Neither God of War nor God of War II were especially easy games, and since God of War Collection doesn't do anything to change that, you can expect a pair of challenging games in front of you. Both games have different difficulty settings, and both have much harder ones unlockable once you've beaten them once. In both cases, the change in difficulty primarily changes the amount of damage you take with each hit since fights that seem fairly simple in the normal settings are all uphill battles in God (for the first game) or Titan (for the sequel) modes. With the exception of these hardest settings, even though the game isn't a cakewalk, it rarely feels too challenging to beat. There are a few frustrating moments (like climbing a spinning column of bloody spikes or convincing minotaurs to stay still long enough for you to freeze them on a button), but I rarely ever felt frustrated at the games so much that I simply had to put them down for a while. Oh it happened, but they were rare occasions.

Game Mechanics:
The God of War series fits best in the action/adventure hack-n-slash arena as most attacks are simple to pull off, easy to combo and you get more powerful magical abilities as you progress through the story, and all of that comes through loud in clear in God of War Collection since both games hold true to that formula.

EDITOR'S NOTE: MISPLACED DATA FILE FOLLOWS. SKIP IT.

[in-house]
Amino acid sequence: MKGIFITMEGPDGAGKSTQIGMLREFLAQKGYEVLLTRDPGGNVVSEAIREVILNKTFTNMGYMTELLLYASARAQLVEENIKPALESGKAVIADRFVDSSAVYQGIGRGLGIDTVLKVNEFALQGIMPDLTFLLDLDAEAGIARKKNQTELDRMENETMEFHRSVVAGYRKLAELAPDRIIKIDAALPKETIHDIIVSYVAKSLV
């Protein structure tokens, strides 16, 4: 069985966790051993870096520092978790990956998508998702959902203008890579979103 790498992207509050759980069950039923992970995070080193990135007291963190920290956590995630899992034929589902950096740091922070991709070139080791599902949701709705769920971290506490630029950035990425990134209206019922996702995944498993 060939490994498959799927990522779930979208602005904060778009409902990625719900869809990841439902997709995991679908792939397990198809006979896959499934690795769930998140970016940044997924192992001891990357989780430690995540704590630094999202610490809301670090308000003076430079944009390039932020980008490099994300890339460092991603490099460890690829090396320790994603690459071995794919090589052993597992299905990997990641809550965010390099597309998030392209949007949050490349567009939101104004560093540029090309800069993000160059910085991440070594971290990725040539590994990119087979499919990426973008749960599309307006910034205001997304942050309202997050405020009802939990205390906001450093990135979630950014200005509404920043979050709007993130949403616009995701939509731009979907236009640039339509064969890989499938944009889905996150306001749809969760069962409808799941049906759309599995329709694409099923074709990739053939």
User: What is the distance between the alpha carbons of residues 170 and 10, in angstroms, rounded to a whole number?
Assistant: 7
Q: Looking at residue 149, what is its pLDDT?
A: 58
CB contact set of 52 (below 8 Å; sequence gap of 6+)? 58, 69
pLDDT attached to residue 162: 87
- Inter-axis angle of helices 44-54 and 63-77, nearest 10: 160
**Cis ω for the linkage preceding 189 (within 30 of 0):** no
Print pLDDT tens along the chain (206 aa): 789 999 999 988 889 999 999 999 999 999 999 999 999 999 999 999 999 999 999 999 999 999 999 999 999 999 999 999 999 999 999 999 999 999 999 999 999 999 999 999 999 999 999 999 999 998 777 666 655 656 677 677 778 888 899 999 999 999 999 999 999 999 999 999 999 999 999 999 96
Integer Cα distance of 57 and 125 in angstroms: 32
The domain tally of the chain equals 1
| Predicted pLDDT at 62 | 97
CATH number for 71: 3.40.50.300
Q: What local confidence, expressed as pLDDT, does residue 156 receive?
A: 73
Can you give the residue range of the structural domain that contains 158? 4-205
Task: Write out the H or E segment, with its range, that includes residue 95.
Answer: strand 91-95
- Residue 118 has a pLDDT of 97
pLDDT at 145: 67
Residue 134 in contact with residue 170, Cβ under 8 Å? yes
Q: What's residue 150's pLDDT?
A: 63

Where God of War did stray a little bit from the standard hack-n-slash style was the inclusion of quick-time events. While not the first game to do this (Resident Evil 4 predates the series by only a few months), it definitely helped to bring the style to the forefront of game design as many games following the original GoW title started picking up on the "flash a button and make users hit it" mechanic. Where RE4 primarily used the technique in big boss battles, God of War took the practice to an extreme by providing specialized kills for most opponents to using it to open chests and doors. This aspect combined with its quick fighting sequences and interesting puzzles is what has made the game survive the test of time and be worthy of porting to the PS3.

So is it worth it? Is it worth possibly repurchasing these games if you already own their PS2 versions? Even with the small graphical issues when swapping between in-game and pre-rendered graphics, and even with the in-ability to continue your previous saves, I would most definitely say yes. For those gamers out there even slightly interested in God of War III who haven't picked up the first two yet, then the God of War Collection is a must buy, and for those gamers out there like me who are blessed with a backwards compatible PS3 ... I have to ask "What happens when that breaks down?" Unless you plan on paying the e-bay premium to find another original-line PS3, most likely, you will have to dust off your old PS2 if you want to play these games again. While I do wish there were a couple of added features in this game, I can't fault it too much for what it doesn't have. I just have to say, if the ability to bring in old saves was available, then this game would most likely have gotten a perfect score.

-J.R. Nip, GameVortex Communications
AKA Chris Meyer